Schizophrenia is a psychotic condition, associated with a loss of boundaries between the self and non-self, and is often described as a state of dreaming while awake. Symptoms including hallucinations, hearing voices, and a blunting of emotions, which can leave you feeling cut off and extremely agitated. The National Institute for Health and Care Excellence (NICE) recommends that drama therapy is one of the most effective psychological treatments for managing the symptoms of schizophrenia. We asked drama therapist Nicola Barron to explain what drama therapy is, and how it can be used as a treatment for schizophrenia.
Drama therapy is a way for you to explore your experiences, come to terms with your difficulties, and work with challenging situations that happen to you, through using your own creativity in a way that's guided and supported by your therapist.
Drama therapy works by allowing you to acknowledge and work with feared stimuli (e.g. hallucinations), which are accepted by the therapist as real experiences. The therapist provides a companion and a safe space, in which you can interact with your experience, rather than try to avoid it, thus gaining familiarity and confidence when dealing with your symptoms. Drama therapy can work with any scenario or role or story that you bring to it, and drama therapists aren't too attached to what's real and what's not real. Your therapist will work with your experience, and not tend to challenge those experiences, so you can bring hallucinations or delusions to a therapeutic situation and explore them. Drama therapists won't say "this is how you can overcome it", but will work directly with your situation to find out what those experiences mean to you, and how you can in some way gain mastery over the experience, rather than the experience being the master of you. Drama therapy can be used to aid you in exploring your childhood difficulties, and coming to terms with traumatic events that may have been triggers for episodes of your condition.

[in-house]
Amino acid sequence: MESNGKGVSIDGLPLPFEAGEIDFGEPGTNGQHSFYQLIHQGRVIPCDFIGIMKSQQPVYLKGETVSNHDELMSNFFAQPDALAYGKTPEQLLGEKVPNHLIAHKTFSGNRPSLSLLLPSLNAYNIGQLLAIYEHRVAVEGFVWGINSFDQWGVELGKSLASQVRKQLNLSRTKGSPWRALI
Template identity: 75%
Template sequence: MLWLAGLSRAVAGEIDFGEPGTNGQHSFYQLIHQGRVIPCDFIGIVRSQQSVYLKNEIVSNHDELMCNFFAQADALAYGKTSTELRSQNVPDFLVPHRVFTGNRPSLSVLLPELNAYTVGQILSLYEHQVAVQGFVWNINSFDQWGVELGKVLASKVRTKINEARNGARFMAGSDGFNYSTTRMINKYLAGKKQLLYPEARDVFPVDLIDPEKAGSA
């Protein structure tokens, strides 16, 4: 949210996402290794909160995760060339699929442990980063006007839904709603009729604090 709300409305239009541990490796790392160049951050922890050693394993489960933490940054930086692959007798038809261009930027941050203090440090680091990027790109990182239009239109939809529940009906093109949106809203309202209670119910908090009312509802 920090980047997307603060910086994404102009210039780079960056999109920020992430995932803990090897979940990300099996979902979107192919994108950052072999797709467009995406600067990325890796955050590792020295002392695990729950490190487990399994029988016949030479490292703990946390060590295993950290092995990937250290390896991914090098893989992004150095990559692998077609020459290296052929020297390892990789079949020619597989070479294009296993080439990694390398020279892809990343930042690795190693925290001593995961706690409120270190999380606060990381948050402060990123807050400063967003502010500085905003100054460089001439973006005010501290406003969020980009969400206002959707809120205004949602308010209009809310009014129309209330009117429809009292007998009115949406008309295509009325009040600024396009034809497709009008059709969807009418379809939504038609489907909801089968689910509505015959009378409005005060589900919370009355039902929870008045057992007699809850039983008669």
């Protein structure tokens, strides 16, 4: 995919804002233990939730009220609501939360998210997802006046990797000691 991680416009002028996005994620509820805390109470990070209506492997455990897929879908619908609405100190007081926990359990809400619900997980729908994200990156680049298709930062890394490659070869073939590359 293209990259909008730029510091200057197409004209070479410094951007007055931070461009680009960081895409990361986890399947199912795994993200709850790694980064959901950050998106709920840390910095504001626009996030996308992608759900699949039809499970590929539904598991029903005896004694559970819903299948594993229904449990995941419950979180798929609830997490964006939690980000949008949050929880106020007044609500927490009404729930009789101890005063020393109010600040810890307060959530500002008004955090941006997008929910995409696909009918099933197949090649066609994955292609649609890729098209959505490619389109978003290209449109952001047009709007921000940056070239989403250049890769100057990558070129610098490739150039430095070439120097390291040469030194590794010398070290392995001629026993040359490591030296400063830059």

For schizophrenia it would ideally be individual sessions, but I'd assess it on a case-by-case basis. In a group situation I would have no more than a maximum of probably four or five. I certainly wouldn't recommend more than that, although there are people who have worked with larger groups in hospital situations.
NICE recommends that drama therapy for schizophrenia typically lasts for at least 16 sessions.
Drama therapy is suitable for anybody really, because of the fact we can use such a variety of different formats. For instance, within one session there might be a talking part, where members of the group can talk about the challenges of life, their hopes and dreams, or themselves as people; there might be a part where the group is engaged in discussion between themselves, in smaller groups; they might do art; they might work with music and sound or movement; or they might create roles and stories, and work directly with drama. The drama therapist will be guided by what each person in the group feels comfortable doing, or they might also offer a challenge as well - so if you are very verbal and like to just talk about things, your drama therapist might occasionally say "ok, let's put this into movement", or "let's put this into sound", to introduce the idea of being creative.
However, during periods when you are experiencing high levels of distressing psychotic symptoms, drama therapy should be used with caution, and should never be seen as a 'cure' but rather as an aid to coming to terms with the illness and finding ways to live with the symptoms. If you're feeling very out of control with your experiences, and feeling very anxious, or requiring quite heavy doses of medication, then it wouldn't be appropriate, but drama therapy can be effective at a time when you're functioning on a day-to-day basis, to help you feel stronger and more able to respond to what you're experiencing.
It has been found that drama therapy can be helpful for the negative symptoms of schizophrenia. The outcome hopefully would be a reduced anxiety around your symptoms, which may lead to a reduction in symptoms, and an increased ability to tolerate or respond to the symptoms when they arise.
Drama therapists are registered as arts therapists by the Health and Care Professions Council (HCPC).